Come all ye lovers of fuzz guitar and soak up the psych-tinged blues-rock sounds of Moses. Those who worship at the altar of power trios like Cream, the Jimi Hendrix Experience, and Blue Cheer should have no problem sidling up to Changes, the debut album by this Danish threesome. Originally released in 1971, Changes was recorded in just two days, and the no-frills production approach extends to the arrangements and song structures; this is straight-ahead, damn near primal-sounding music, with not one extra note or instrument added. Simple blues riffs are at the heart of each song, and while a few of the tracks veer toward the lengthy side, there's little variation from that format. It's the extended guitar workouts of Soren Hobjerg that fill out these cuts, but even that aspect of the band's sound is relatively stripped-down. Hobjerg is by no means a flashy player -- he doesn't employ the science fiction sonic attack of Hendrix or the fleet-fingered fury of Ten Years After's Alvin Lee. It's more like he boiled the styles of guitarists like Hendrix, Lee, Eric Clapton, et al down to their bare essentials, coming out with a thick, visceral, fuzz-soaked tone full of power and punch. Bassist Jorgen Villadsen doesn't engage in many John Entwistle/Jack Bruce-like flurries either, but he proves nimble enough to keep things moving underneath Hobjerg's guitar excursions. And drummer/singer Henrik Laurvig pretty much follows suit, with a rhythmic approach that sticks closer to the pocket than many drummers of the day, and admittedly, a vocal style for which the word "serviceable" seems to have been invented. Seeing the light of day on CD for the first time, Changes will swiftly find its way into the hands of those who were hesitant about paying dearly for collectors-item vinyl copies, and makes an interesting curio for anyone with a love of hard-edged, bluesy psychedelia.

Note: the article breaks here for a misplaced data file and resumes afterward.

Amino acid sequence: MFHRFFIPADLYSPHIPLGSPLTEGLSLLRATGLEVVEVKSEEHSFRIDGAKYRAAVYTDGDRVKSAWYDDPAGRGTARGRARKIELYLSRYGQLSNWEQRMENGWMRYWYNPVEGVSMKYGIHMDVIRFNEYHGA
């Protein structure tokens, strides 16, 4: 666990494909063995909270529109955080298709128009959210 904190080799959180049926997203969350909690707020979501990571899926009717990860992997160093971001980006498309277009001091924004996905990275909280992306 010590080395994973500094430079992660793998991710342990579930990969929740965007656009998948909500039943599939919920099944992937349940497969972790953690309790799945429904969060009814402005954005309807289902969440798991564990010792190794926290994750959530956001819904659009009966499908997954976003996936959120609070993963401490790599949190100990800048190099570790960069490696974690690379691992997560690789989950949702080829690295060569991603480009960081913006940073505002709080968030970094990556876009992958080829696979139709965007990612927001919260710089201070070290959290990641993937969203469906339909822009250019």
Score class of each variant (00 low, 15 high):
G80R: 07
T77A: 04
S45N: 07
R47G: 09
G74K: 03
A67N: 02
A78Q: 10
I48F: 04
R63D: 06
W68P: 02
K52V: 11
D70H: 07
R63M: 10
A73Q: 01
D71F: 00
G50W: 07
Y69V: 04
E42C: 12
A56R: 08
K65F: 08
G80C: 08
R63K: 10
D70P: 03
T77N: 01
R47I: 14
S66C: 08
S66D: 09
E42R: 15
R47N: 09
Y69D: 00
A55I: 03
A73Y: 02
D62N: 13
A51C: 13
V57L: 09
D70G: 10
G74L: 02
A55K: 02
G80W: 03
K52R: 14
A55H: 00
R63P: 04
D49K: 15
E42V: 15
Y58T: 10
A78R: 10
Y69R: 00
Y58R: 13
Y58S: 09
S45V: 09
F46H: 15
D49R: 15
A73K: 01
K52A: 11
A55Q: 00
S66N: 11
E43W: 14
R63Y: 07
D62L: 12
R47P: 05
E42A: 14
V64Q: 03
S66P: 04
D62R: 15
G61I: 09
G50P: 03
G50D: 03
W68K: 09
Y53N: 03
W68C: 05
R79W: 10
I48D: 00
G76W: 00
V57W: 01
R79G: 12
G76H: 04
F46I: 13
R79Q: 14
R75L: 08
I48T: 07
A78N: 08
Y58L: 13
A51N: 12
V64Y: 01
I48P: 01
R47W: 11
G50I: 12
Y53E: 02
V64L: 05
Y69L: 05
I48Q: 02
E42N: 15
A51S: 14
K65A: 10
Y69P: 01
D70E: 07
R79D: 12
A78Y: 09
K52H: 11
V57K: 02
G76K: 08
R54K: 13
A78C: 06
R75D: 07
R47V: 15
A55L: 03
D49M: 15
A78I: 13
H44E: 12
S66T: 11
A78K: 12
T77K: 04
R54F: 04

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AllMusic Review by James Allen